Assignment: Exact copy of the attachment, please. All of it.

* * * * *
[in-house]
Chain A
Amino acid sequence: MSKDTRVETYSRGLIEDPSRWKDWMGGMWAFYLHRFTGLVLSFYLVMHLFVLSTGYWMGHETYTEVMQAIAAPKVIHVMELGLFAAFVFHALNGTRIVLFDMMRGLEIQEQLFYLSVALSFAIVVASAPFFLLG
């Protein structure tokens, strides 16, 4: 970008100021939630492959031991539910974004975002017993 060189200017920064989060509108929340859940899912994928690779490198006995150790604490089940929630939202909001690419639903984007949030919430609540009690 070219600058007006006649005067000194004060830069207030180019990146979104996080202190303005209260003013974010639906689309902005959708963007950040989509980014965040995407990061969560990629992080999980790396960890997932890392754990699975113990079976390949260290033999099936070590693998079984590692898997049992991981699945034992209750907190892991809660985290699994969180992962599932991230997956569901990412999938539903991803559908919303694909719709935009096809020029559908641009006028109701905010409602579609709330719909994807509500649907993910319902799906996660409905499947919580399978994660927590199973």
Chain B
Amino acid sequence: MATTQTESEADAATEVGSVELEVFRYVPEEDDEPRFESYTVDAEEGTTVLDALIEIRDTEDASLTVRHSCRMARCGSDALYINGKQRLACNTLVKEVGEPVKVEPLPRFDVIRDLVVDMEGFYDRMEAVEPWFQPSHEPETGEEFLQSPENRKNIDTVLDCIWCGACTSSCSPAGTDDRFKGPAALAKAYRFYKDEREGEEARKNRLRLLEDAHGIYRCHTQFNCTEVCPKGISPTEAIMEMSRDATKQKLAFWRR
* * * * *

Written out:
[in-house]
Chain A
Amino acid sequence: MSKDTRVETYSRGLIEDPSRWKDWMGGMWAFYLHRFTGLVLSFYLVMHLFVLSTGYWMGHETYTEVMQAIAAPKVIHVMELGLFAAFVFHALNGTRIVLFDMMRGLEIQEQLFYLSVALSFAIVVASAPFFLLG
């Protein structure tokens, strides 16, 4: 970008100021939630492959031991539910974004975002017993 060189200017920064989060509108929340859940899912994928690779490198006995150790604490089940929630939202909001690419639903984007949030919430609540009690 070219600058007006006649005067000194004060830069207030180019990146979104996080202190303005209260003013974010639906689309902005959708963007950040989509980014965040995407990061969560990629992080999980790396960890997932890392754990699975113990079976390949260290033999099936070590693998079984590692898997049992991981699945034992209750907190892991809660985290699994969180992962599932991230997956569901990412999938539903991803559908919303694909719709935009096809020029559908641009006028109701905010409602579609709330719909994807509500649907993910319902799906996660409905499947919580399978994660927590199973």
Chain B
Amino acid sequence: MATTQTESEADAATEVGSVELEVFRYVPEEDDEPRFESYTVDAEEGTTVLDALIEIRDTEDASLTVRHSCRMARCGSDALYINGKQRLACNTLVKEVGEPVKVEPLPRFDVIRDLVVDMEGFYDRMEAVEPWFQPSHEPETGEEFLQSPENRKNIDTVLDCIWCGACTSSCSPAGTDDRFKGPAALAKAYRFYKDEREGEEARKNRLRLLEDAHGIYRCHTQFNCTEVCPKGISPTEAIMEMSRDATKQKLAFWRR